Stephen Wolfram Q&A

Submit a question

Some collected questions and answers by Stephen Wolfram

Questions may be edited for brevity; see links for full questions.

May 29, 2018

From: Interview by Byron Reese,

What do you think the future is going to be like, in 10 years, 20, 50, 100?

What we will see is an increasing mirror on human condition, so to speak. That is, what we are building are things that essentially amplify any aspect of the human condition. Then it, sort of, reflects back on us. What do we want? What are the goals that we want to have achieved? It is a complicated thing because certainly AIs will in some sense run many aspects of the world. Many kinds of systems, there’s no point in having people run them. They’re going to be automated in some way or another. Saying it’s an AI is really just a fancy way of saying it’s going to be automated. Another question is, well what are the overall principles that those automated systems should follow? For example, one principle that we believe is important right now, is the “be nice to humans” principle. That seems like a good one given that we’re in charge right now, better to set things up so that it’s like, “Be nice to humans”. Even defining what it means to be nice to humans is really complicated.

I’ve been much involved in trying to use Wolfram Language as a way of describing lots of computational things and an increasing number of things about the world. I also want it to be able to describe things like legal contracts and, sort of, desires that people have. Part of the purpose of that is to provide a language that is understandable both to humans and to machines that can say what it is we want to have happen, globally with AIs. What principles, what general ethical principles, and philosophical principles should AIs operate under? We had the Asimov’s Laws of Robotics, which are a very simple version of that. I think what we’re going to realize is, we need to define a Constitution for the AIs. And there won’t be just one because there aren’t just one set of people. Different people want different kinds of things. And we get thrown into all kinds of political philosophy issues about, should you have an infinite number of countries, effectively, in the world, each with their own AI constitution? How should that work?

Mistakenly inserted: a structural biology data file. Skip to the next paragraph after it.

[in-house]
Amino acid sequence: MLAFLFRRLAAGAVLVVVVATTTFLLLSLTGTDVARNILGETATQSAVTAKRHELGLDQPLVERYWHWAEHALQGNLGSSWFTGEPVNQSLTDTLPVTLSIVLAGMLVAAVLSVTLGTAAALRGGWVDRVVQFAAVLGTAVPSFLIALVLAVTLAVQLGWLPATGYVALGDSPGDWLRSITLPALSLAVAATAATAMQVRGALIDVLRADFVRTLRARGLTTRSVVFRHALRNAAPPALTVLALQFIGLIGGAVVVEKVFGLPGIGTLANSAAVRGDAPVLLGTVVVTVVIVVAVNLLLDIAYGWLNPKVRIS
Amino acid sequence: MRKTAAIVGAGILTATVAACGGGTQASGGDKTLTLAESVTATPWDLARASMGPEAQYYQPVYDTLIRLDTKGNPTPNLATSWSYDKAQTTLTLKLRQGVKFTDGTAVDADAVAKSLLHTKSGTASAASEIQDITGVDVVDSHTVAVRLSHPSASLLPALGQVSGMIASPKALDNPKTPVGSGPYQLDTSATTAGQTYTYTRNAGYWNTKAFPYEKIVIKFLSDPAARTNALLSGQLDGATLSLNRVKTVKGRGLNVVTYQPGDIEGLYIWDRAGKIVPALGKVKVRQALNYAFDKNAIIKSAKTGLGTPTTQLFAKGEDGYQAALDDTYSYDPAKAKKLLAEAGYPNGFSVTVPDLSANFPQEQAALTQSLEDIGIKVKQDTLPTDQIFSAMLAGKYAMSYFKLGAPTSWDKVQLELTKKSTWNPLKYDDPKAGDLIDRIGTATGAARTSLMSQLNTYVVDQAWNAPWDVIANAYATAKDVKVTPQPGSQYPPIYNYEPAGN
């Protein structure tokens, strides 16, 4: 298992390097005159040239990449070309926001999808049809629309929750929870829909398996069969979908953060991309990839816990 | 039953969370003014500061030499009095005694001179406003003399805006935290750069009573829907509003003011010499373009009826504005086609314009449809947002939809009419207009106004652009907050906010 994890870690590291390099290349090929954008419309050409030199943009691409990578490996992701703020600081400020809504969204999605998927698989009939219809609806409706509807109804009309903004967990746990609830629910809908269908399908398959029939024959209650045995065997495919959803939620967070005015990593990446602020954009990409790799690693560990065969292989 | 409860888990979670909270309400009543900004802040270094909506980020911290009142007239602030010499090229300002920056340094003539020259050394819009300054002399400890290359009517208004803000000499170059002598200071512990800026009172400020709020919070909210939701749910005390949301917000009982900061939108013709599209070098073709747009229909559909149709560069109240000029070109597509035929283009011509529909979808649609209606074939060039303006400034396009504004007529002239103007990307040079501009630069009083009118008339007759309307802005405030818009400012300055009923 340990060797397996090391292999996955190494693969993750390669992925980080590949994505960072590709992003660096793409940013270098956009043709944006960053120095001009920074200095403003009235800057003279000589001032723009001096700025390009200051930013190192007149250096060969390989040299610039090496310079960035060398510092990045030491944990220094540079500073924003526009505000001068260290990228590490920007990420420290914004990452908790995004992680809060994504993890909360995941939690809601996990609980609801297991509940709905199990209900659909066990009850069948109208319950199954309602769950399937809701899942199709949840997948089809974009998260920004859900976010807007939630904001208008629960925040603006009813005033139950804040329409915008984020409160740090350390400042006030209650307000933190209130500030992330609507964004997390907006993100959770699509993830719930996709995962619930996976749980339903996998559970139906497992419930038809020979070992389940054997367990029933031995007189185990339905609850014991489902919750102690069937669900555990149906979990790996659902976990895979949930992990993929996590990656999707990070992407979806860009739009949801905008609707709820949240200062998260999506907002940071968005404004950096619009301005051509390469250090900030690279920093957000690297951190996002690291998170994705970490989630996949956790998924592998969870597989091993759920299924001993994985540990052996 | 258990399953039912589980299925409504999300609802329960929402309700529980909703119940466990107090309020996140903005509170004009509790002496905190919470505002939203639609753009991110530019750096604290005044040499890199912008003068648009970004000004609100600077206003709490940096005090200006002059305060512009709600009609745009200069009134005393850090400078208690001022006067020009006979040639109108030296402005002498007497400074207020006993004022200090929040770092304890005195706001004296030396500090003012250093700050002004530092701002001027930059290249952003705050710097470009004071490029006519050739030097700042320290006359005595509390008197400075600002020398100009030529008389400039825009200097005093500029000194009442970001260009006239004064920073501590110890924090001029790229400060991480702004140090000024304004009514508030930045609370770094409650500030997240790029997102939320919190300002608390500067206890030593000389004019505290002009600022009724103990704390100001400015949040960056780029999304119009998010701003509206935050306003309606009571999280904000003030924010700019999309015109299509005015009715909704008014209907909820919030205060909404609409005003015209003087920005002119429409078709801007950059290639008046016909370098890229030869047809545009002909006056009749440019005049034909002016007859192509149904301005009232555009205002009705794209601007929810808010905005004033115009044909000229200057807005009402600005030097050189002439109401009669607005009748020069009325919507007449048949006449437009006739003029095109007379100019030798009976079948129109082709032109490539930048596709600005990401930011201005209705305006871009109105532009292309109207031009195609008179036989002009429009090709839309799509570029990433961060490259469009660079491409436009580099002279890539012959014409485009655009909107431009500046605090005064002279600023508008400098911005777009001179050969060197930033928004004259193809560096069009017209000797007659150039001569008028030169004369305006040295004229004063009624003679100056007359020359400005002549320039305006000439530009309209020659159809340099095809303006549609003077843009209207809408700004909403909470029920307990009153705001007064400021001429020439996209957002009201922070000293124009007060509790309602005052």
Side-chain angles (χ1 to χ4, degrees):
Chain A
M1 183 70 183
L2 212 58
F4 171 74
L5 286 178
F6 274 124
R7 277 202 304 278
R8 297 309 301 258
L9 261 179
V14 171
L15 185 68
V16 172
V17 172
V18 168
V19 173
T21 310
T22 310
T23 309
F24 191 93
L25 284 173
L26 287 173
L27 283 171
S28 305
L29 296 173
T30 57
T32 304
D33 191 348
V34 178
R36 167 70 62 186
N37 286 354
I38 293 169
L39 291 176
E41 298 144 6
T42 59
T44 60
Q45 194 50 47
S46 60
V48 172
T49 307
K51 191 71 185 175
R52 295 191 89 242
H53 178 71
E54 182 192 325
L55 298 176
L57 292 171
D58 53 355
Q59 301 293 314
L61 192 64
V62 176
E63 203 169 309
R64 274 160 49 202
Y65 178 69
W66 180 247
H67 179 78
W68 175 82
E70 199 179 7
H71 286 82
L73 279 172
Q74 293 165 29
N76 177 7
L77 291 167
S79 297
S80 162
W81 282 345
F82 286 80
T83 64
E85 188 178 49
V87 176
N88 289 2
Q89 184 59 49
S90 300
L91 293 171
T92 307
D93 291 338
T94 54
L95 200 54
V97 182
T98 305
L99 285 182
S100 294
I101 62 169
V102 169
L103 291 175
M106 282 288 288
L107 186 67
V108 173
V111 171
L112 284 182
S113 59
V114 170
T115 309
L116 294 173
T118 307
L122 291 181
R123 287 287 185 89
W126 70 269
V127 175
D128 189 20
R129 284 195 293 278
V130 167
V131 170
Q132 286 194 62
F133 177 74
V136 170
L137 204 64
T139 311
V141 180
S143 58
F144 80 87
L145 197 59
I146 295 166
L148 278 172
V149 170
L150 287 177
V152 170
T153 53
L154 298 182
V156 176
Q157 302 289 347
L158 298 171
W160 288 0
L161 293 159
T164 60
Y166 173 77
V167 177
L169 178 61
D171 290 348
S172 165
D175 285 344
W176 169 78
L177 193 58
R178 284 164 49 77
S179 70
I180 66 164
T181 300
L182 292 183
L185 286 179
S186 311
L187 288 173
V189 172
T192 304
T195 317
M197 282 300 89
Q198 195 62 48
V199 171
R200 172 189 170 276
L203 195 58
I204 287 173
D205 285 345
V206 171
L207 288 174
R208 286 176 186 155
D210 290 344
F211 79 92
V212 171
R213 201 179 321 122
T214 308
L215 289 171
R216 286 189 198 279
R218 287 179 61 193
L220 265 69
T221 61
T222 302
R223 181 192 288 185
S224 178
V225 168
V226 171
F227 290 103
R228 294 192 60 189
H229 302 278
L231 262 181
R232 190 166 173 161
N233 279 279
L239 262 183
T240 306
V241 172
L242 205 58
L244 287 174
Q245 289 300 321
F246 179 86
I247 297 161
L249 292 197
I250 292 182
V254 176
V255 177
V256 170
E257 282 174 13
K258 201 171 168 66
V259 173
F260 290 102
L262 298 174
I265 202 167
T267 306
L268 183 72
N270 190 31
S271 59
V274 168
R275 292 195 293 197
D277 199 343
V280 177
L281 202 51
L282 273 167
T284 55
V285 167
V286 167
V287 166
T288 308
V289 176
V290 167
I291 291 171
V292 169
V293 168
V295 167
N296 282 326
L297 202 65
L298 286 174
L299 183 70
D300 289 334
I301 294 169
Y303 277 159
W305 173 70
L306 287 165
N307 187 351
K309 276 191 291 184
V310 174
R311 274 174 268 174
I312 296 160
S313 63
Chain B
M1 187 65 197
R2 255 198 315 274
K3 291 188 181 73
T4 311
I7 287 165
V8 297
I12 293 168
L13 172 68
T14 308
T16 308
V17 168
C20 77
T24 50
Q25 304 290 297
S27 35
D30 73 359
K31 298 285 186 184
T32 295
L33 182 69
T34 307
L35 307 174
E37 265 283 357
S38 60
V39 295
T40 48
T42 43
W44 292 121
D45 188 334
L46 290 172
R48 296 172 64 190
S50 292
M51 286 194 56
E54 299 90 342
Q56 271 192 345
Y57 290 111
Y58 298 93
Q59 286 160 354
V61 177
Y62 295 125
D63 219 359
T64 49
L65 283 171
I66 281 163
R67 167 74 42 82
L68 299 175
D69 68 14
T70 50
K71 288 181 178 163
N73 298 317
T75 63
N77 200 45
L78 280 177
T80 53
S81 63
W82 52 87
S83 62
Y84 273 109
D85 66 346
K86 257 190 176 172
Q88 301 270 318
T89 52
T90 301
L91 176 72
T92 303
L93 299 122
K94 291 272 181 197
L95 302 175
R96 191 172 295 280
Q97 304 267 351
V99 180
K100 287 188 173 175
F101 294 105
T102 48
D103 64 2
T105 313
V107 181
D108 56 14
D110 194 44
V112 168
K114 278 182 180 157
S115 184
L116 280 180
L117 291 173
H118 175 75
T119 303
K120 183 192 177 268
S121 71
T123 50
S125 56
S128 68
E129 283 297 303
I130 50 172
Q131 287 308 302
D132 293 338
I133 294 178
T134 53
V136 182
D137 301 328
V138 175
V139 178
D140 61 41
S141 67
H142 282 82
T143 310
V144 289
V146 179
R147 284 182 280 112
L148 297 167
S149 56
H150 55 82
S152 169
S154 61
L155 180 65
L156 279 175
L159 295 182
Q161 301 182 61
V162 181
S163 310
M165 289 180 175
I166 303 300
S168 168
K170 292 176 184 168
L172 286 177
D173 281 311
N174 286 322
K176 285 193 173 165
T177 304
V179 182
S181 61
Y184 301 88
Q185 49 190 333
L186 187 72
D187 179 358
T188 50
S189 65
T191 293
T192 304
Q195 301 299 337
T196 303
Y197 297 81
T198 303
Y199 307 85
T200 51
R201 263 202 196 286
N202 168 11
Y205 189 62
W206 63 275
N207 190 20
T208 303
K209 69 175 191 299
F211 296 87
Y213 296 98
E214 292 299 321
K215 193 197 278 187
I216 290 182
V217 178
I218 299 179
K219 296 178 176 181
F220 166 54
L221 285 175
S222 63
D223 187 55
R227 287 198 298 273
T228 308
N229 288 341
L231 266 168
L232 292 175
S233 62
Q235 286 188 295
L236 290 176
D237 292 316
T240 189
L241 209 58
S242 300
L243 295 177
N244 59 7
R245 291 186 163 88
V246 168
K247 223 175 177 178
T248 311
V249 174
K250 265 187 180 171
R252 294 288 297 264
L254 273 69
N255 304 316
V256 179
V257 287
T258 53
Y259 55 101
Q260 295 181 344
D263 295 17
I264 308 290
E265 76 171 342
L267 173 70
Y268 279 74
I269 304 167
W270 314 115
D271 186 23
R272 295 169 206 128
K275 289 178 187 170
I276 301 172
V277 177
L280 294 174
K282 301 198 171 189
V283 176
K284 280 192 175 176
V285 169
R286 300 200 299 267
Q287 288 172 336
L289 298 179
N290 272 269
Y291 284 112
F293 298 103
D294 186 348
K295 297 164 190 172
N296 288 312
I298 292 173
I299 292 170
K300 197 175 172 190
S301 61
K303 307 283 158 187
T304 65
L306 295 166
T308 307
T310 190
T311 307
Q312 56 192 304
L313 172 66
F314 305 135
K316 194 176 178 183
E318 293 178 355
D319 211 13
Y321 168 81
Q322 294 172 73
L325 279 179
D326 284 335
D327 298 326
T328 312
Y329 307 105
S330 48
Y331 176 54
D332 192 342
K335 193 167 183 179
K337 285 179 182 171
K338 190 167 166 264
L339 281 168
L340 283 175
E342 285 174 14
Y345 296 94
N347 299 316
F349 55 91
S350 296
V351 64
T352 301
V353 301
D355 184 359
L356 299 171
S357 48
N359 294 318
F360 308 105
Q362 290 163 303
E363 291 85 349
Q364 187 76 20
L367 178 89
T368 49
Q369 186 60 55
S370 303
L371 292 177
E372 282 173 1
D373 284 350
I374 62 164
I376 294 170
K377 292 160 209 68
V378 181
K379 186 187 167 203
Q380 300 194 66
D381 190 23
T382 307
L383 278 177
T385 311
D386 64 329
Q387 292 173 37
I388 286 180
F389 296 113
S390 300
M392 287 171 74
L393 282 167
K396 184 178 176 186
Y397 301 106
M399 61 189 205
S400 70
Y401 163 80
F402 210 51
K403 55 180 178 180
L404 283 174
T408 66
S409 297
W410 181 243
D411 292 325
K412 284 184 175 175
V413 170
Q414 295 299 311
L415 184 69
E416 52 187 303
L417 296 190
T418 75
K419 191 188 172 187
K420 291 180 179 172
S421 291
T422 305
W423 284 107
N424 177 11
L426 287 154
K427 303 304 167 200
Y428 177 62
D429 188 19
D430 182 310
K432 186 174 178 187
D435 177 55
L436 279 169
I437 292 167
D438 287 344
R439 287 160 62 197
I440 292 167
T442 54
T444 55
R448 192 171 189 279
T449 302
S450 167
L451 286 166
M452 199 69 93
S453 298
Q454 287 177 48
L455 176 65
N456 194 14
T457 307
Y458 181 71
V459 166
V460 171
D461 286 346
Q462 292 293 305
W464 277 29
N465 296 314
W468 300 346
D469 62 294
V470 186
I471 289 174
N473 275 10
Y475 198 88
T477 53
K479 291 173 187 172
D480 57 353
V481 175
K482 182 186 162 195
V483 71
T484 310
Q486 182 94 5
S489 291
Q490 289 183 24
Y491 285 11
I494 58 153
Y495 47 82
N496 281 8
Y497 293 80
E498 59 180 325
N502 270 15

One of the fun things I was thinking about recently is, in current democracies, one just has people vote on things. It’s like a multiple-choice answer. One could imagine a situation in which, and I take this mostly as a thought experiment because there are all kinds of practical issues with it, in a world where we’re not just natural language literate but also computer language literate, and where we have languages, like Wolfram Language which can actually represent real things in the world, one could imagine not just voting, I want A, B, or C, but effectively submitting a program that represents what one wants to see happen in the world. And then the election consists of taking X number of millions of programs and saying “OK, given these X number of millions of programs, let’s apply our AI Constitution to figure out, given these programs how do we want the best things to happen in the world”. Of course, you’re thrown into the precise issues of the moral philosophers and so on, of what you then want to have happen and whether you want the average happiness of the world to be higher or whether you want the minimum happiness to be at least something or whatever else.

There will be an increasing pressure on what should the law-like things, which are really going to be effectively the programs for the AIs, what should they look like. What aspects of the human condition and human preferences should they reflect? How will that work across however many billions of people there are in the world? How does that work when, for example, a lot of the thinking in the world is not done in brains but is done in some more digital form? How does it work when there is no longer… the notion of a single person, right now that’s a very clear notion. That won’t be such a clear notion when more of the thinking is done in digital form. There’s a lot to say about this.

Contact | © Stephen Wolfram, LLC